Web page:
According to the CDC, breast cancer is among the most common forms of cancer for adult women. Naturally, early detection should be a priority, especially for those with risk factors, such as a family history of the disease.
Since breast cancer is usually asymptomatic in its early stages, routine breast cancer screening is important. If you are an adult woman, you may have wondered: will breast cancer show up in a blood test? Though some blood tests can detect tumor biomarkers in people with cancer, there is no standardized blood test for breast cancer yet.
Continue reading to learn about the blood tests that can be used as preliminary breast cancer screenings and how this cancer is normally diagnosed. Click here to book an appointment for blood work such as a CBC test.
Breast Cancer Diagnosis
The primary method for diagnosing breast cancer is a physical exam followed by special imaging tests. Blood tests for breast cancer are more commonly used to determine the stage of cancer already detected.
To conduct a physical exam, your doctor will examine your breasts and armpits, checking for lumps or swollen lymph nodes. A mammogram or breast x-ray is the most common imaging test that your doctor will order if they detect anything unusual during the physical exam.
An ultrasound can also be used in preliminary screenings to determine whether a lump is solid or full of fluid. Solid masses could be cancerous, while other potential abnormalities like cysts will look different on the ultrasound. An MRI may also be used to detect abnormalities.
Finally, your doctor may test a tissue sample of your breasts using a test called a biopsy to determine whether the results of the scan indicate cancer. They will use a special needle and an image scanner to extract tissue from deep in the breast that can be used for the test.
Significantly, a breast cell biopsy is the only way to definitively diagnose breast cancer.
Will Breast Cancer Show Up in a Blood Test?
Blood tests cannot diagnose breast cancer because they cannot definitively detect it. However, several types of blood tests could be used to assess risk factors for breast cancer, to indicate the need for definitive cancer screening, or to stage cancer that has already been found.
Examples of such tests include:
- Genetic blood tests could be indicated in patients with a family history of breast cancer. These tests detect hereditary mutations in genes that have been commonly associated with breast cancer risk, such as BRCA1.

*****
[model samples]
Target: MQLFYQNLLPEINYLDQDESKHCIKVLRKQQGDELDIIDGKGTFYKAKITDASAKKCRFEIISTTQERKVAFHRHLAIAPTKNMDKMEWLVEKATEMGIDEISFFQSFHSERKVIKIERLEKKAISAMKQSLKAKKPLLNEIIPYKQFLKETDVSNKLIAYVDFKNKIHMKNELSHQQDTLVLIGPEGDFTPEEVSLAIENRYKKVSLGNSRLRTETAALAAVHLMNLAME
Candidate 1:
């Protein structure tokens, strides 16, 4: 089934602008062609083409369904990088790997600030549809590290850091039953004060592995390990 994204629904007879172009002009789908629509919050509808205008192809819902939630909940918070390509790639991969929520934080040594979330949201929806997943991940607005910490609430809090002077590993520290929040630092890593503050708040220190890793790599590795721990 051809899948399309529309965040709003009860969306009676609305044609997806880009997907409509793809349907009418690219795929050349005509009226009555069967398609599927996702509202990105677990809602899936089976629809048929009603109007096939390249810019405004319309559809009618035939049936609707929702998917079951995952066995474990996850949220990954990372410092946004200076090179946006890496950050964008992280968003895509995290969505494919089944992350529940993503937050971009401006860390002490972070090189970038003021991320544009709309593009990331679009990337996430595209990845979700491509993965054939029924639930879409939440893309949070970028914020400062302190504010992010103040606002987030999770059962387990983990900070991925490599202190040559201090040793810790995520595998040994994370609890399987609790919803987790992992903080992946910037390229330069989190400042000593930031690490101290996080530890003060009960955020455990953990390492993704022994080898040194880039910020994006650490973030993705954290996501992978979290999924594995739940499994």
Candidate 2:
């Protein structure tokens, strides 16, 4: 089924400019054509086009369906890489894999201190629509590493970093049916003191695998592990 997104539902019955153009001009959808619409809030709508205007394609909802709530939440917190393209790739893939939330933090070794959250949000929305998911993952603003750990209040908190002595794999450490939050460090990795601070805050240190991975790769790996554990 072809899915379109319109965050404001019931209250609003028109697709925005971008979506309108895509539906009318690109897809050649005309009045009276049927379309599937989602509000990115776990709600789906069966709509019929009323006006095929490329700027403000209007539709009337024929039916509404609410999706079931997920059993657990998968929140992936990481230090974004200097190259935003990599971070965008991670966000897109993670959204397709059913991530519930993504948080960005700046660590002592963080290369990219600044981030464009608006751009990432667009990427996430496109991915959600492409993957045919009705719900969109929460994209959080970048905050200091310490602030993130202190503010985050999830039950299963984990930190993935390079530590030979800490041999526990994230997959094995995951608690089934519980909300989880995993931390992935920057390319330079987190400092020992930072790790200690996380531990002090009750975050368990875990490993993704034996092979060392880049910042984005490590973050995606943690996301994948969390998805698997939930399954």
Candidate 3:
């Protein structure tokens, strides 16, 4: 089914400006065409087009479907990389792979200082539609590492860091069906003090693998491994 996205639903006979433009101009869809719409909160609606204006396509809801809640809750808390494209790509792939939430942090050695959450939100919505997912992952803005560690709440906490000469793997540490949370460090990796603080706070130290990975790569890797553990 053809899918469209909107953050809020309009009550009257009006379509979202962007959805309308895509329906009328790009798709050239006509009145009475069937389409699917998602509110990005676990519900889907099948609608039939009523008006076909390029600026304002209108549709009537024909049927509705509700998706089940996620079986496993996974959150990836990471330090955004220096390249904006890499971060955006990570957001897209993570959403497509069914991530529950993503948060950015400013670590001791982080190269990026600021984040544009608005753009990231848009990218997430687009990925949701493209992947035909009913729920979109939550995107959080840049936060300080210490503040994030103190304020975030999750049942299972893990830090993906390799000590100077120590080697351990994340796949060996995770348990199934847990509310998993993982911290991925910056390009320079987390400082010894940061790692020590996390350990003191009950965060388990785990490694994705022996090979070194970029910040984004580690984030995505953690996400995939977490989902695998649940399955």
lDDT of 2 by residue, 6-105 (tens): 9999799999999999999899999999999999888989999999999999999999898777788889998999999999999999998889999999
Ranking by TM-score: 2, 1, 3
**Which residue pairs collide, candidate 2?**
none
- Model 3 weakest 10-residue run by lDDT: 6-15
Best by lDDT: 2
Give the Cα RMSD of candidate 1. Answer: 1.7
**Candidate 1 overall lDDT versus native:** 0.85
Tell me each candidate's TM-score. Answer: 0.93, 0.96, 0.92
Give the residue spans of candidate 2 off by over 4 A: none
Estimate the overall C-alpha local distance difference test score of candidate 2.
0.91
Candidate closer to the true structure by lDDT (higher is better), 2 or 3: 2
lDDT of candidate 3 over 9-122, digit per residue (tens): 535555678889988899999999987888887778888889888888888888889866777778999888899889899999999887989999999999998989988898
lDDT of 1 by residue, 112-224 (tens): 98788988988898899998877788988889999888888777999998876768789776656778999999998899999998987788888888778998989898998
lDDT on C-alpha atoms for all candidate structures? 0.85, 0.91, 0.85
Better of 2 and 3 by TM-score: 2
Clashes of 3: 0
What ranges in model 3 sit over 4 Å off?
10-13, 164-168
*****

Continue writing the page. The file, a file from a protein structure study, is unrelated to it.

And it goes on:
- Biomarker tests look for the blood markers associated with tumor formation, which are higher than average in some patients that have cancer. Examples include cancer antigen 125 and the HER2/neu protein. Since the test differs depending on the type and stage of cancer the patient has, other detection methods are usually needed first.
- Complete Blood Counts or CBCs are common blood tests that assess the counts of various cells in your blood, including abnormal cells produced by the presence of cancer or abnormal amounts of normal cells that could indicate it. A CBC is not a diagnosis, but it could lead to further testing.
- Tumor-associated antigen tests aim to detect certain autoantibodies in a patient’s blood that are associated with the formation of breast cancer to gauge a person’s risk. However, these tests are still in the research stages and would not be used to diagnose breast cancer.
Breast cancer itself will not show up in a routine blood test, nor are there any specialized tests that have been standardized for detecting breast cancer. However, some blood tests can indicate the presence of risk factors that lead doctors to diagnose breast cancer in their patients.
As more research is conducted, blood tests will become a more significant diagnostic tool in breast cancer screenings. Speak with your doctor to find out if any of these tests are right for you.
Speedy Sticks is a mobile concierge phlebotomy service that provides at-home blood draws and on-site diagnostic/health screenings for businesses and individuals. To book an appointment for the blood test your doctor recommends click here.
*This content is for informational purposes only and is not meant to replace consulting with a healthcare professional. Please consult with your primary care physician or healthcare provider before engaging in any services offered by Speedy Sticks.
**These are approximations, and experts disagree on some values. Consult your healthcare provider for recommendations suitable for you. It is also important to ensure the levels are given in the same measurements, such as mg/dL, etc.